$ cd /data/WebGUI/sbin

$ cp _utility.skeleton setting.pl

$ vim setting.pl



use lib "../lib";

use strict;

use Getopt::Long;

use WebGUI::Session;



my $session = start();

# Do your work here

finish($session);



#-------------------------------------------------

# Your sub here



#-------------------------------------------------

sub start {

my $configFile;

$| = 1; #disable output buffering

GetOptions(

'configFile=s' => \$configFile,

);

...

 

There are some subs predefined in the script, but to start with, look at the line near the top saying # Do your work here. At this point the default script has already initialized a WebGUI session, which is what is required to make changes. This example starts simple with the script: make it report the current value of a setting. Below the call to start(), add:

 

my $name = shift @ARGV;

my $value = $session->setting->get($name);

print $value, “\n”;

 

Now you can save the script and run it on the command line, giving it the additional parameter of companyName.

 

$ Perl setting.pl –configFile=dev.localhost.localdomain.conf companyName

My Company

 

In addition to the script name and the setting to retrieve, you need to provide the site's configuration file. Since there can be multiple sites on one server, this is a necessary command for most scripts. The configFile parameter is handled in the start sub, which you can adjust soon. Of the code added, the part that is doing the important work is $session->setting->get($name), which uses the setting object to retrieve the setting.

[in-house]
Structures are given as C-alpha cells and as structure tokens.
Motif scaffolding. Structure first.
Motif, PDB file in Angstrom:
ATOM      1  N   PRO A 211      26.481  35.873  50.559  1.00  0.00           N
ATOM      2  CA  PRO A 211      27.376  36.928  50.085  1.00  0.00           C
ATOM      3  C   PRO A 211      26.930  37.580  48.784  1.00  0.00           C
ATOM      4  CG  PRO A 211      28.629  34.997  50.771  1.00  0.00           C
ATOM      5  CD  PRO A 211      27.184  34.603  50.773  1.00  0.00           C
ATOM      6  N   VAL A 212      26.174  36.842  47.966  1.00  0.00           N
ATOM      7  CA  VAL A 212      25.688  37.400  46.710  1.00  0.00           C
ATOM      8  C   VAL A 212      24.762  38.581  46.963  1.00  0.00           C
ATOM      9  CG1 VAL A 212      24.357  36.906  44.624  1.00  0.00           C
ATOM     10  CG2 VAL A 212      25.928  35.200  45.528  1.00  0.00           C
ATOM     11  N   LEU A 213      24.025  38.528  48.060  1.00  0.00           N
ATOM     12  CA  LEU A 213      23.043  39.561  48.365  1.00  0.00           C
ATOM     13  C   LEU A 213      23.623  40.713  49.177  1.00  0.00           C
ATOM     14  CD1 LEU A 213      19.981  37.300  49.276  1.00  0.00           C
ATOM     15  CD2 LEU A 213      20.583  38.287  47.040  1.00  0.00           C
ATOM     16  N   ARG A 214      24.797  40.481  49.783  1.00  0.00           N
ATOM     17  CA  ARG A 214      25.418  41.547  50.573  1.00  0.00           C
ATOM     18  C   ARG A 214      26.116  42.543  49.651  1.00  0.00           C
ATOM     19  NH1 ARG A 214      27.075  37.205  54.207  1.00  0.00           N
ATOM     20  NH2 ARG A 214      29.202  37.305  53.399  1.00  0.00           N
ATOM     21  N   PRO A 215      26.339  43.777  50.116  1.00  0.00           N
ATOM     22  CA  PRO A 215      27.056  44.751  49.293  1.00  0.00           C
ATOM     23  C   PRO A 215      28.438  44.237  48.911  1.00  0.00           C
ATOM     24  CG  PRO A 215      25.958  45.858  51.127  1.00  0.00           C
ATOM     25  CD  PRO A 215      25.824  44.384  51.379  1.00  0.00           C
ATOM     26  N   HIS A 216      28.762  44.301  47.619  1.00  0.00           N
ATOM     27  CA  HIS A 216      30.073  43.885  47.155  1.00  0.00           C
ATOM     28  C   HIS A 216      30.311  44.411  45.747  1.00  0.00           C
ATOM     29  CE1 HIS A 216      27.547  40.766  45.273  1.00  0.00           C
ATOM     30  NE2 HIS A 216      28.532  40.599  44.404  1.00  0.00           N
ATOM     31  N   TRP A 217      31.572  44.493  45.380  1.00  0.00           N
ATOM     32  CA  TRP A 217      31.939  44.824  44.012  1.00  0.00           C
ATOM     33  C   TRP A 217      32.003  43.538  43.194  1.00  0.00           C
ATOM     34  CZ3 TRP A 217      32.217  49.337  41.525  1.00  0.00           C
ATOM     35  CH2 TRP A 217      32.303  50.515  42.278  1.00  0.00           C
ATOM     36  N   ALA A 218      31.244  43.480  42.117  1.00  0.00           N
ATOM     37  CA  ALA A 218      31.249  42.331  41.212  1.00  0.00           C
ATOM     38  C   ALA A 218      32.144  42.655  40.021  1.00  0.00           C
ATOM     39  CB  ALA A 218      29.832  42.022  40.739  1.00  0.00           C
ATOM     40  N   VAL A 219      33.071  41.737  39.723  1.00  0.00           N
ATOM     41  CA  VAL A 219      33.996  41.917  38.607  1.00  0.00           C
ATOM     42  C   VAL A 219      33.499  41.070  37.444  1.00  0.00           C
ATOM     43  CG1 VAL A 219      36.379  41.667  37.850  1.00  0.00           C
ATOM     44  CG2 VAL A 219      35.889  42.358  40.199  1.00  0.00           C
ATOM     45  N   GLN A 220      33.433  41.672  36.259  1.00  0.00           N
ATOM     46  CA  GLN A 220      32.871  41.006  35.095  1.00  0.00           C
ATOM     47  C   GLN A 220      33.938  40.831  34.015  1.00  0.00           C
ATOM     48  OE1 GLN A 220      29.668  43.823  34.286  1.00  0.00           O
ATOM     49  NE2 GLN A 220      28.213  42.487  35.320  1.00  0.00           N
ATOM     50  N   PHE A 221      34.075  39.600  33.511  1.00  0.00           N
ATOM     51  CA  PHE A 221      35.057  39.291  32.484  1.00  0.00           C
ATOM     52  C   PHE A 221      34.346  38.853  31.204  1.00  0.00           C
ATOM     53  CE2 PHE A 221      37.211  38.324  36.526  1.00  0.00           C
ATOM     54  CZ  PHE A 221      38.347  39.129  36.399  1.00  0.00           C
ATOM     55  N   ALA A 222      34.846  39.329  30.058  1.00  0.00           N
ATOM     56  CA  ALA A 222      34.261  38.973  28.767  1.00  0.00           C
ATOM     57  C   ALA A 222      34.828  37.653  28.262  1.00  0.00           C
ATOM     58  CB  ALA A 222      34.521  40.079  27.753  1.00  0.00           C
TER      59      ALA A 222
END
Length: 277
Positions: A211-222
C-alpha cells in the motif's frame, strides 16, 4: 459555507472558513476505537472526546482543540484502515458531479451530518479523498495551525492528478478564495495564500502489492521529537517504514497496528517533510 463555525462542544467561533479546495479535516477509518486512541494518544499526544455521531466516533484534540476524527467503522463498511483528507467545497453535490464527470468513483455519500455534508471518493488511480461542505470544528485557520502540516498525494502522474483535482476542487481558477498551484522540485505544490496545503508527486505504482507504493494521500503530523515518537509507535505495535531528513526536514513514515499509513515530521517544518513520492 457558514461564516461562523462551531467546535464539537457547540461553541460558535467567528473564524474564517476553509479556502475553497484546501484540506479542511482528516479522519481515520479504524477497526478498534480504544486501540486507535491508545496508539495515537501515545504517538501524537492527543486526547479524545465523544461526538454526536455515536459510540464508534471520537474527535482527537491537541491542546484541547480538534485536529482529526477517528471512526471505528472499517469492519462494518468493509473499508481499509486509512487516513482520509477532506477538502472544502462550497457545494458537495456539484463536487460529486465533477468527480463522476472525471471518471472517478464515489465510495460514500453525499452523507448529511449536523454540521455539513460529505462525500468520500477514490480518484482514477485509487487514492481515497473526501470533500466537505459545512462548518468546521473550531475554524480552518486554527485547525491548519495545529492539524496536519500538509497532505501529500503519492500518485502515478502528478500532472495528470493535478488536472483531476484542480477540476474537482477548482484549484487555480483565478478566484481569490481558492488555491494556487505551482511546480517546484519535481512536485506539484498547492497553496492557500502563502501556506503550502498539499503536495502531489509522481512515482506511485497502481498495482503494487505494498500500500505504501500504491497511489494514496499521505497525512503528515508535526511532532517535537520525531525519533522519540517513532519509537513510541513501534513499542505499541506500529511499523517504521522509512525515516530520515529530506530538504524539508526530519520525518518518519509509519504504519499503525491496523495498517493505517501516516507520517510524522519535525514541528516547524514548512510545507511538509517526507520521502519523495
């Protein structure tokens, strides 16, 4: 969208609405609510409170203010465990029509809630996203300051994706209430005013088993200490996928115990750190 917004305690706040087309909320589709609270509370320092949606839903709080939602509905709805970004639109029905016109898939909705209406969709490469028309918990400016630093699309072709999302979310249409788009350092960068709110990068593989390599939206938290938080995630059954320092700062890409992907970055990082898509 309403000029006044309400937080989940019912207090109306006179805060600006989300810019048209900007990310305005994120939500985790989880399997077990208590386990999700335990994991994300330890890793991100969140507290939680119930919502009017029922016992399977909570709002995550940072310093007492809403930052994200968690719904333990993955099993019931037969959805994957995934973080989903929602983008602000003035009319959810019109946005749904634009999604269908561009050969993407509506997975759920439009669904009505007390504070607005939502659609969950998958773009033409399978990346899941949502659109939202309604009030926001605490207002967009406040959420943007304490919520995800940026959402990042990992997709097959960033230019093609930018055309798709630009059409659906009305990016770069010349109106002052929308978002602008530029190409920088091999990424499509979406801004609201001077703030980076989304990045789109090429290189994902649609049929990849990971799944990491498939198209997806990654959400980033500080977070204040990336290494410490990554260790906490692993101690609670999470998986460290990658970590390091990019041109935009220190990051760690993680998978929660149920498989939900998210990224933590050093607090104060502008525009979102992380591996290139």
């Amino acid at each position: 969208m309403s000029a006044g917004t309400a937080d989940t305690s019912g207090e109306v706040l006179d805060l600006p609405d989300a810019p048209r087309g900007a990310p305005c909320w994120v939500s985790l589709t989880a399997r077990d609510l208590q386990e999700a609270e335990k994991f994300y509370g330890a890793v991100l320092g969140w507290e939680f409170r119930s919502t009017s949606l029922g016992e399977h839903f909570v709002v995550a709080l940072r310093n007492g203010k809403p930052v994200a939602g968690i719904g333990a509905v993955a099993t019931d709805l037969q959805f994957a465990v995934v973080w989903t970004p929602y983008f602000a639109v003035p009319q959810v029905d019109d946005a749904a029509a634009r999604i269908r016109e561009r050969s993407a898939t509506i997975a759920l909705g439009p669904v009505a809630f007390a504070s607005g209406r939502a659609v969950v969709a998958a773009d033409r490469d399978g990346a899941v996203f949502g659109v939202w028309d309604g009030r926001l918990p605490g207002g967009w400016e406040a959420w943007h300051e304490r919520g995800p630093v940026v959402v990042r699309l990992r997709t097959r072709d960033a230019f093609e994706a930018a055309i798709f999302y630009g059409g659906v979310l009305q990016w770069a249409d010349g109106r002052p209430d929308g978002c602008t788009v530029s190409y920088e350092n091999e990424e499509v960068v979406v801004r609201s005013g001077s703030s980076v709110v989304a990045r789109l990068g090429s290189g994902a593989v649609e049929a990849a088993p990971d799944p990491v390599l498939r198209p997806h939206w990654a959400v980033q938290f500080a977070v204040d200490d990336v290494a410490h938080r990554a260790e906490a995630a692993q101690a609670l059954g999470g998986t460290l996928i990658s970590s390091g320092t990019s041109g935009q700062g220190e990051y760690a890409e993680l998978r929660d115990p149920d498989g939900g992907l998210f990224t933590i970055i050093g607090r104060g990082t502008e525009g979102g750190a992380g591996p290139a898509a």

Just retrieving one setting from the database isn't very useful, though. You can adjust the script to work with multiple settings and set them as well as retrieve. Use a loop for parameters, and allow use = to indicate a new value to store in the database.

 

# Loop through parameters

for my $setting (@ARGV) {

# Check for an '=' in the parameter

if ($setting =~ /^(\w+)=(.*)/) {

# If there was, our regular expression matched the name and requested value

my ($name, $value) = ($1, $2);

# Report the old value to help the user detect any mistakes

print $name . " - old: " . $session->setting->get($name);

# Set the new value

$session->setting->set($name, $value);

# Report the new value as well for easy comparison

print " new: " . $session->setting->get($name) . "\n";

}

else {

# If there was no '=', we just have a name.

# Report the value of that setting

print $setting . " - " . $session->setting->get($setting) . "\n";

}

}